There is no manual included with the unit, just a card bearing a QR code, and an equivalent compact web page link to an online manual. This is a series of pages with “Previous” and “Next” buttons. I for one prefer a downloadable PDF which I can keep locally, something to have regardless of whatever may happen in future years to the online resource.
Still, you probably wouldn’t need the instructions. Even though I have an Ethernet connection readily accessible, I decided to go the slightly harder route of setting up a WiFi connection. But it wasn’t really much harder. The instructions tell you to use the Google Home app on Android or iOS devices or the Setup AirPlay Speaker function on iOS devices. Either of those processes guide you through things easily. Alternatively, you can temporarily plug in an Ethernet cable so that you can access the unit’s built-in web page to perform the WiFi setup manually.
I used Google Home on Android, and it worked smoothly.
But I had to explore the inbuilt web page, which I did after the WiFi setup. In order to access this, you’ll need to find the IP address assigned to the unit by your network. Professionals will, I expect, have various means of determining this. But if you don’t, here are some hints. My router didn’t help much. It showed it amongst the connected devices, but since the unit didn’t have a “Device Name”, there was nothing to pick it out from amongst the other network devices. However, the free “Advanced IP Scanner” app reported the presence of a product manufactured by Snap AV. Unless you have a whole bunch of Snap AV devices, that should identify it for you.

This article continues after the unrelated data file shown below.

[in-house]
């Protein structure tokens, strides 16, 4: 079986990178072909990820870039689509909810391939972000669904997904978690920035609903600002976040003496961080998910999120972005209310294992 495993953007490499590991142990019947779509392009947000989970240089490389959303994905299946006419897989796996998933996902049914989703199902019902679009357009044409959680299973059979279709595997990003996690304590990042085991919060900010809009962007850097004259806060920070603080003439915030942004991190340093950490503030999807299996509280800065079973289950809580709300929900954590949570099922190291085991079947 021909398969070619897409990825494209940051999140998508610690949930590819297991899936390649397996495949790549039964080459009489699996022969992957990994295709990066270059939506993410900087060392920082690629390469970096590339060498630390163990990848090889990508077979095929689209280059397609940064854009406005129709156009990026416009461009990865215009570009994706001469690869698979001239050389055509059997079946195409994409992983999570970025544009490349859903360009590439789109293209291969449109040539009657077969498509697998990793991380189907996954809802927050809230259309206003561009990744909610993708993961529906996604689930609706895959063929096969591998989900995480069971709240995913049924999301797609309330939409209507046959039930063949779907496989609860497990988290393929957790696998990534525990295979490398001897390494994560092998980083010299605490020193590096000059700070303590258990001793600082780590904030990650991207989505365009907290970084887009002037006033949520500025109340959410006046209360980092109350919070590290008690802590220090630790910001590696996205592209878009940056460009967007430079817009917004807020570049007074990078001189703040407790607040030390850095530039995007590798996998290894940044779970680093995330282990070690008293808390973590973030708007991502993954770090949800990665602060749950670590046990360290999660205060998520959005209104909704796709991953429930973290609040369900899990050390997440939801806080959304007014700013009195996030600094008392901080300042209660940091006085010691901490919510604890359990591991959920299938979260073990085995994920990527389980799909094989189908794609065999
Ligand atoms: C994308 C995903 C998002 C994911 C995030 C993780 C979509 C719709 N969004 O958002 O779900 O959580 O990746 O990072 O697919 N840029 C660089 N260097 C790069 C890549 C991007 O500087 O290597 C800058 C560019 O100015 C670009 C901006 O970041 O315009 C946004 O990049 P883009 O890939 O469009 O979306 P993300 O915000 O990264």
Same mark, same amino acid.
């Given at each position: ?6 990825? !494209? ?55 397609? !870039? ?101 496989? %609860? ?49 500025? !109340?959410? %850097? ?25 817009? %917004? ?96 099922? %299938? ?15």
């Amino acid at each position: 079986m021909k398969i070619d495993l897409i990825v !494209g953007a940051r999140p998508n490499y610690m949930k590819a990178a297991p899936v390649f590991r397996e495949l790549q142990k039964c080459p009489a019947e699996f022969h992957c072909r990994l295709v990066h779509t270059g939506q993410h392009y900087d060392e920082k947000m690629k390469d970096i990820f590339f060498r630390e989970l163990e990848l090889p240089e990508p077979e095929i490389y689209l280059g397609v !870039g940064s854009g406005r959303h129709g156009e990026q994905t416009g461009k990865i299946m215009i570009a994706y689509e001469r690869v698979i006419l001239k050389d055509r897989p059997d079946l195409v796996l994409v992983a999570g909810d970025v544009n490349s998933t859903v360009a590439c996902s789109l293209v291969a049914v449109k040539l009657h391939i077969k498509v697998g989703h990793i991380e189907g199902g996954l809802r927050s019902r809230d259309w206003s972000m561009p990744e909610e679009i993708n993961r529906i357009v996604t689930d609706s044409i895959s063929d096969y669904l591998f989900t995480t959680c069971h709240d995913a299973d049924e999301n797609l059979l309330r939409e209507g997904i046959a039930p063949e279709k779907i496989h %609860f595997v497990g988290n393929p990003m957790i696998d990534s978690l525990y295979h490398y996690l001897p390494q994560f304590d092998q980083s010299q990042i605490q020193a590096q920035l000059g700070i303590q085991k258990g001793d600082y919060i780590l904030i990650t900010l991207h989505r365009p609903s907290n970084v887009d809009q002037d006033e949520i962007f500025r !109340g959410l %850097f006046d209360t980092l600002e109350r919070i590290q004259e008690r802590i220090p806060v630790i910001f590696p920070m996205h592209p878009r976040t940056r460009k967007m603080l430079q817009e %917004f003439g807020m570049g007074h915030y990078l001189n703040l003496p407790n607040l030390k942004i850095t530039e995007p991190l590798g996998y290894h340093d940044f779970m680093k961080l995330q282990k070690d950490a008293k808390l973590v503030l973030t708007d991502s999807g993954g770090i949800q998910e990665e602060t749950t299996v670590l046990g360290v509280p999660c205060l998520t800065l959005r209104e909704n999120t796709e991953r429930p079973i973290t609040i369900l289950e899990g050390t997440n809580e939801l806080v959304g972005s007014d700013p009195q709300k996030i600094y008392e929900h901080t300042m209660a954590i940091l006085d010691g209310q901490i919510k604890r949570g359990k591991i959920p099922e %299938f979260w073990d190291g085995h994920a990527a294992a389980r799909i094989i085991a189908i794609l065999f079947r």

If you have set it up as a Chromecast device, then you can go to Google Home on your phone or tablet, select the name that you’ve given the unit, tap on the setting cog at top right and then on “Device information”. The IP address is the last line on that page. As far as I can work out, you can’t use iOS to tell you the IP address of an AirPlay-connected speaker.
Once you’ve typed that into a browser you’ll get a login page (hint: “episode” and “episode” – you’ll be required to change the second one, the password, before proceeding further). And then the configuration page. This lets you do things like switch off the default DHCP (although why you might want to do so I can’t imagine), set various network addresses and manually configure WiFi.
More commonly, you might want to change the device name. As mentioned, I originally set it up via Google Home as an audio device in my office. So, the name it was allocated was “Office Speaker”. But via the web page I changed it to “Office LYNK”. This caused an interruption in Bluetooth services, but with a few “Forget Device” applications in my Android phone and iPad, and then re-pairings under the new name, all was fine. Likewise, the new name was shown in Apple AirPlay, Google Home and Spotify Connect.
You can also switch off support for any of the four streaming options: Bluetooth, Chromecast, AirPlay or Spotify Connect. You can also set a password for AirPlay to restrict user access.